Saturday, 31 December 2011

2011 - it's been quite a year

I've had a pretty busy year, genealogically speaking, and had a lot of fun in the process. I have travelled a lot, even by my standards, caught up with old friends and made new ones. I knew that it was going to be a busy year from the outset, and I was determined to enjoy it to the full. I did.

It started in January when I spent a morning filming with Andrew Marr for a TV documentary about the census, shown just before census day in March, 2011 being  census year in the UK. During the year I also spoke at two day conferences devoted to the census, at the Institute of Family and Local History in Preston and on my home turf at The National Archives. I also contributed to a census exhibition at the British Library and spoke at an evening event in the Conference Centre there.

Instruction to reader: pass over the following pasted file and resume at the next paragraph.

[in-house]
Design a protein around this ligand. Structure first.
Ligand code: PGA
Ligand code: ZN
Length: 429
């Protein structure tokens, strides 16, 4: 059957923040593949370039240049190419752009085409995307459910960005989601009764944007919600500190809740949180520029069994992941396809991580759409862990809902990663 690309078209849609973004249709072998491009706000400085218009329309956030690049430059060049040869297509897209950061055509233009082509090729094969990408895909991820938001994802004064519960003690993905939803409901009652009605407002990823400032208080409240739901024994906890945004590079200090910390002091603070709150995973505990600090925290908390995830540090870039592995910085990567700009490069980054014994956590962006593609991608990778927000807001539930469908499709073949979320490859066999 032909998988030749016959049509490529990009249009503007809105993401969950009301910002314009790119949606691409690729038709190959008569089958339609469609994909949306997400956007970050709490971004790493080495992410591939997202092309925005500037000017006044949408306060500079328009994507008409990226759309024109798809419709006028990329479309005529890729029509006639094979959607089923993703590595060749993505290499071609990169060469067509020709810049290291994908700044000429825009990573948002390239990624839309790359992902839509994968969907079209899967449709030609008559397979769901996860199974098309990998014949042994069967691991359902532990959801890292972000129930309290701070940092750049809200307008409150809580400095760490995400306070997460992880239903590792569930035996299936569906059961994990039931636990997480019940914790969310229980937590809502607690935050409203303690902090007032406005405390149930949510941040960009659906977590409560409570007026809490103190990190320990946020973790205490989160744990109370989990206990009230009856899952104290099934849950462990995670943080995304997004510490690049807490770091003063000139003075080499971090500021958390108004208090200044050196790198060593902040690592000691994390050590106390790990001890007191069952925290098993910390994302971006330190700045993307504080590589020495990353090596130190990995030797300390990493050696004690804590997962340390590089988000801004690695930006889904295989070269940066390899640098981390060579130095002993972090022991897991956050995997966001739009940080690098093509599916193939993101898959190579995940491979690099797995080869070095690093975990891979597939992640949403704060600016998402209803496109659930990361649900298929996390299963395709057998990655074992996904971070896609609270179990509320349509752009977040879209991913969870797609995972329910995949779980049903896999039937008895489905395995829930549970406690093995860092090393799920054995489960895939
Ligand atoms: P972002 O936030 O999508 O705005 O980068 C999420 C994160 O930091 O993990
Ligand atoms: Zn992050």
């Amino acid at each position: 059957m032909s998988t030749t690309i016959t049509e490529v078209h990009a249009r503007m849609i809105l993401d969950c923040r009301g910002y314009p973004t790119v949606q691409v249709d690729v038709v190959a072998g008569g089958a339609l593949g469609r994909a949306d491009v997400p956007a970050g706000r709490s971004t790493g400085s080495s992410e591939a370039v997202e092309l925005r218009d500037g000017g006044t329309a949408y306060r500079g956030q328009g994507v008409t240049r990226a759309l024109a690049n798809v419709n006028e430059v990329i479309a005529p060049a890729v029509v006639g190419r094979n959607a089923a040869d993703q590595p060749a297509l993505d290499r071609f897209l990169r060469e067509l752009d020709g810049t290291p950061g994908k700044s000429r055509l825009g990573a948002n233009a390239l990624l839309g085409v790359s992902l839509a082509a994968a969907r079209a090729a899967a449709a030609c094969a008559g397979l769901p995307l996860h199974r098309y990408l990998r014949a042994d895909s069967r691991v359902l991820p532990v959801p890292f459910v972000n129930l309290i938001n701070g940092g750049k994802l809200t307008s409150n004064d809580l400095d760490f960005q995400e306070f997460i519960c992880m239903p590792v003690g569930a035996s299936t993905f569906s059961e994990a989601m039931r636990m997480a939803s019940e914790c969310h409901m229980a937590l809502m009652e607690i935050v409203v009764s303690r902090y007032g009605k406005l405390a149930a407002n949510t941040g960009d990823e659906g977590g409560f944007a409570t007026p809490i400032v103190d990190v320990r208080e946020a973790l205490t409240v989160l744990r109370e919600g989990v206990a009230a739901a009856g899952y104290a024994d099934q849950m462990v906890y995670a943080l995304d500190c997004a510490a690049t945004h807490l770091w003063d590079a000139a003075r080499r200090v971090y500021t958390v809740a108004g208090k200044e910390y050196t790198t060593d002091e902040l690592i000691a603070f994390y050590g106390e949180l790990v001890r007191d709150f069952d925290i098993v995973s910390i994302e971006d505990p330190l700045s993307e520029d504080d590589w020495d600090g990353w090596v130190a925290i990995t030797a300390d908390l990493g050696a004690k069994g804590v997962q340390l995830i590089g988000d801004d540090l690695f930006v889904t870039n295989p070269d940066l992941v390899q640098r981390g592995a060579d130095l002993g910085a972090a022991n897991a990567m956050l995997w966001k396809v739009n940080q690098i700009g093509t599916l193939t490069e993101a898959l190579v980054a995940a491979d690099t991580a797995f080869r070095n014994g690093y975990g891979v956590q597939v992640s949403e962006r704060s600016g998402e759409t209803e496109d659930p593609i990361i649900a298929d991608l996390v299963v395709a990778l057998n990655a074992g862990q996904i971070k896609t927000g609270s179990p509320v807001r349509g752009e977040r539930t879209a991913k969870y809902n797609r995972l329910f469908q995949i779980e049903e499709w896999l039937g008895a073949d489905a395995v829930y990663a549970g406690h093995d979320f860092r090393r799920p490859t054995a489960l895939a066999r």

Flip-Pal scanner
Census apart, I attended and spoke at a number of conferences and events, starting with the first Rootstech conference in February. I wasn't a speaker there, but I gave a couple of talks at the Family History Library while I was in Salt Lake City, where the staff on the British and Irish floor were very welcoming and hospitable, as ever. The conference itself, of course, was a great success and I enjoyed it very much, not just for the lectures and exhibits but for the chance to meet in person a number of people I already knew, but only online, notably some of the official bloggers. I bought myself a Flip-Pal Scanner, and right at the end of the conference my name was drawn as one of the lucky door-prize winners - I got a voucher for a 7-night stay at the Salt Lake Plaza!